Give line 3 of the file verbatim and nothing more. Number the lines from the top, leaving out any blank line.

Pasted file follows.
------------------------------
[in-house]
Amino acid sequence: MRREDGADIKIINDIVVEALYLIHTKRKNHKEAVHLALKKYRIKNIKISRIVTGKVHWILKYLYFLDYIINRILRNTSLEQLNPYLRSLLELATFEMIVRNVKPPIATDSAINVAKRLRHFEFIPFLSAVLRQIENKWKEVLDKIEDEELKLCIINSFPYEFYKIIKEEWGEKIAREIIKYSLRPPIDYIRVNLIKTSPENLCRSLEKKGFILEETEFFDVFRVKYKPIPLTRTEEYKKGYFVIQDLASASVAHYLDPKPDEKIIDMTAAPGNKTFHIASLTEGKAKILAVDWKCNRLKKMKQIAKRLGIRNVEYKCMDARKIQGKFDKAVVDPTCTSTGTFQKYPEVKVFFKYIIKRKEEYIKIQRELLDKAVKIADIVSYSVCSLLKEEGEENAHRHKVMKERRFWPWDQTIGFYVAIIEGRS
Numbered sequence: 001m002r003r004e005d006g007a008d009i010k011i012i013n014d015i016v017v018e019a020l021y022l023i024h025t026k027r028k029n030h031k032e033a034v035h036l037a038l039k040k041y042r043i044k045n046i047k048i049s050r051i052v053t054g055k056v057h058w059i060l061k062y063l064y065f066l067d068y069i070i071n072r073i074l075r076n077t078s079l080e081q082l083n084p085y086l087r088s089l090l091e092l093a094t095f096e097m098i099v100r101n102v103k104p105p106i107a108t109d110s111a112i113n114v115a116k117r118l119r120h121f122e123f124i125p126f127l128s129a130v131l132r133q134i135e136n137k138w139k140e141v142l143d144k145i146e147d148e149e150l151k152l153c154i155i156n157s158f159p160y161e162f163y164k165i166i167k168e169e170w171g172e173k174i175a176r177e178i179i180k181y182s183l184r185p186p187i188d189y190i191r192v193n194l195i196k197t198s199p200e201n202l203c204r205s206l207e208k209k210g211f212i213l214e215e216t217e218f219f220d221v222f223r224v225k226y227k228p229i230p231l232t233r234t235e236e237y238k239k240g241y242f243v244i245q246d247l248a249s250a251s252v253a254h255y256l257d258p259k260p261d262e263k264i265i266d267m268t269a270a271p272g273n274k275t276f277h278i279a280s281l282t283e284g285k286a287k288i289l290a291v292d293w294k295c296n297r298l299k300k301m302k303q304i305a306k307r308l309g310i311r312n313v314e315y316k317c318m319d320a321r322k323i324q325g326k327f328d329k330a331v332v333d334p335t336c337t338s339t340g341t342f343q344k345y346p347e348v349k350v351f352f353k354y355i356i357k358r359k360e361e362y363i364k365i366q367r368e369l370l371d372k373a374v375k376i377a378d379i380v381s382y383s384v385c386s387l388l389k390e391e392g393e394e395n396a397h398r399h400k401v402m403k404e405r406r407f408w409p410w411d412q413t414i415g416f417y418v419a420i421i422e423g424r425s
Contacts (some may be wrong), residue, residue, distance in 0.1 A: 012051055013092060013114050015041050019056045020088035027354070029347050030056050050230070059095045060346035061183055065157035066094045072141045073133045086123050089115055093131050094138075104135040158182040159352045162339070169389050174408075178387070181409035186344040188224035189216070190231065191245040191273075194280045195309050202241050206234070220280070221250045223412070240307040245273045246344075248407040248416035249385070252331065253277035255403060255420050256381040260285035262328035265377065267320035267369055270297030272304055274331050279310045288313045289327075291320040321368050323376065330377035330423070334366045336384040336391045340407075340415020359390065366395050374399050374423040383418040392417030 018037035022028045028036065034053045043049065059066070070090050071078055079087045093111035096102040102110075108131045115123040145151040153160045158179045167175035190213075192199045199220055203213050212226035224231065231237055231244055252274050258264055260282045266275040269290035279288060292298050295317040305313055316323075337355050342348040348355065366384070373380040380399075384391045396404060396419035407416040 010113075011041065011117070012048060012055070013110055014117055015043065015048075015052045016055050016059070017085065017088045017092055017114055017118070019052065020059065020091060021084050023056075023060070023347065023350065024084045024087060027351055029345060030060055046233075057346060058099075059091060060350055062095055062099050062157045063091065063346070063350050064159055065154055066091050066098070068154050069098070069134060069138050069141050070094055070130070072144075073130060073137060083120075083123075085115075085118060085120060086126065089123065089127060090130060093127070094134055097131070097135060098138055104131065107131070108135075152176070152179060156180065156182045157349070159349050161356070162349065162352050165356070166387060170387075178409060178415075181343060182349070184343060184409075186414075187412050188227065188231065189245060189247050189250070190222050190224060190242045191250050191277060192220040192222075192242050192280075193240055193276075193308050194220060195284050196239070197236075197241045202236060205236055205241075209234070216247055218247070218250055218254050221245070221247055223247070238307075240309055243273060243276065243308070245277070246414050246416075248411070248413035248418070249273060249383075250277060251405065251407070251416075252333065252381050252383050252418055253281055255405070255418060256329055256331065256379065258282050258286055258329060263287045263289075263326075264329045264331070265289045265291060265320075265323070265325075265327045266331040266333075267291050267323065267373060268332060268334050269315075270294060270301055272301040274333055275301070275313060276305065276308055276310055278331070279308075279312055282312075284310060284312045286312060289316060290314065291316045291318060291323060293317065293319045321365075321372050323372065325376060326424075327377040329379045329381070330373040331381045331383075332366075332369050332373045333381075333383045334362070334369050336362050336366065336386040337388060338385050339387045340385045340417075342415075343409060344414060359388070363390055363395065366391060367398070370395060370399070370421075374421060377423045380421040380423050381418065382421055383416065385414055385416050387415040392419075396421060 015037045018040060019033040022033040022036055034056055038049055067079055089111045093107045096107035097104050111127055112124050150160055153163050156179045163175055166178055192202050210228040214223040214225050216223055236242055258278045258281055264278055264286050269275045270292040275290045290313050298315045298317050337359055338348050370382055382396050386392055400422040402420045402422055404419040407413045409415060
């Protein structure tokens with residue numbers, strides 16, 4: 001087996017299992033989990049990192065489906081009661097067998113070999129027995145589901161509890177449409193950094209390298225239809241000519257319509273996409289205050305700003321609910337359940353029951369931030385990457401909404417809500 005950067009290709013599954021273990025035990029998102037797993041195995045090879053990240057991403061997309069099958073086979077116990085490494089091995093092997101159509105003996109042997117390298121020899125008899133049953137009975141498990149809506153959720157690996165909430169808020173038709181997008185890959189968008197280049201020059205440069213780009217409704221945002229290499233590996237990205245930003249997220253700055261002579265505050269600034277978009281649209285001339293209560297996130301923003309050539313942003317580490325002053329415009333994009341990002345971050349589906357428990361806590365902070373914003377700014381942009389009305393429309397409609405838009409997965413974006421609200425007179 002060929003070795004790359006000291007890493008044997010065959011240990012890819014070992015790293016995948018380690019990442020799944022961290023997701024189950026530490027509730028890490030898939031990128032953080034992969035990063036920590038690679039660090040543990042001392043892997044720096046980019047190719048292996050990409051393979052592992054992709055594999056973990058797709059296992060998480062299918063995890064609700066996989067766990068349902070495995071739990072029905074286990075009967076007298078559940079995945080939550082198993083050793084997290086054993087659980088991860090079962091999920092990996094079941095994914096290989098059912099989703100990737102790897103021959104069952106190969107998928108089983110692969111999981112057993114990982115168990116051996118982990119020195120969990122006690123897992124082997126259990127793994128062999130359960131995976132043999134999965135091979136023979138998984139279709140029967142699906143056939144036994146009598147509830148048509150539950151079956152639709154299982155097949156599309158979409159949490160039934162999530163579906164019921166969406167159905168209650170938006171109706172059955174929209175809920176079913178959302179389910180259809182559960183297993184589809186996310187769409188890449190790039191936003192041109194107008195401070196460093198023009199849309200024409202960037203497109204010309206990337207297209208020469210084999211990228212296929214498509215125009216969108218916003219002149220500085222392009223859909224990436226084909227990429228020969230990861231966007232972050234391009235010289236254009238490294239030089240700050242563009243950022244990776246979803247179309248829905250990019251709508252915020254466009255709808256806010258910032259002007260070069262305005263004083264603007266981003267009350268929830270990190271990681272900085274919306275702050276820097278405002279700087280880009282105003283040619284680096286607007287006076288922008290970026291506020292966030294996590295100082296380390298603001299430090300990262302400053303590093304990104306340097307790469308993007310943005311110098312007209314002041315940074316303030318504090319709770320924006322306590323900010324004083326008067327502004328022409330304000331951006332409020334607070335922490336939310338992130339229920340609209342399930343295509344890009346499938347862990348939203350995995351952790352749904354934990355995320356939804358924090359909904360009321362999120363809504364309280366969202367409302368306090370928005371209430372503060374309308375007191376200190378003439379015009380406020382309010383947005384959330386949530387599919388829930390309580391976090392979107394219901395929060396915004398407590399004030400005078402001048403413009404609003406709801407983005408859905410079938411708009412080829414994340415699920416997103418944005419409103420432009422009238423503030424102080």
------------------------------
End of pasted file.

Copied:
Numbered sequence: 001m002r003r004e005d006g007a008d009i010k011i012i013n014d015i016v017v018e019a020l021y022l023i024h025t026k027r028k029n030h031k032e033a034v035h036l037a038l039k040k041y042r043i044k045n046i047k048i049s050r051i052v053t054g055k056v057h058w059i060l061k062y063l064y065f066l067d068y069i070i071n072r073i074l075r076n077t078s079l080e081q082l083n084p085y086l087r088s089l090l091e092l093a094t095f096e097m098i099v100r101n102v103k104p105p106i107a108t109d110s111a112i113n114v115a116k117r118l119r120h121f122e123f124i125p126f127l128s129a130v131l132r133q134i135e136n137k138w139k140e141v142l143d144k145i146e147d148e149e150l151k152l153c154i155i156n157s158f159p160y161e162f163y164k165i166i167k168e169e170w171g172e173k174i175a176r177e178i179i180k181y182s183l184r185p186p187i188d189y190i191r192v193n194l195i196k197t198s199p200e201n202l203c204r205s206l207e208k209k210g211f212i213l214e215e216t217e218f219f220d221v222f223r224v225k226y227k228p229i230p231l232t233r234t235e236e237y238k239k240g241y242f243v244i245q246d247l248a249s250a251s252v253a254h255y256l257d258p259k260p261d262e263k264i265i266d267m268t269a270a271p272g273n274k275t276f277h278i279a280s281l282t283e284g285k286a287k288i289l290a291v292d293w294k295c296n297r298l299k300k301m302k303q304i305a306k307r308l309g310i311r312n313v314e315y316k317c318m319d320a321r322k323i324q325g326k327f328d329k330a331v332v333d334p335t336c337t338s339t340g341t342f343q344k345y346p347e348v349k350v351f352f353k354y355i356i357k358r359k360e361e362y363i364k365i366q367r368e369l370l371d372k373a374v375k376i377a378d379i380v381s382y383s384v385c386s387l388l389k390e391e392g393e394e395n396a397h398r399h400k401v402m403k404e405r406r407f408w409p410w411d412q413t414i415g416f417y418v419a420i421i422e423g424r425s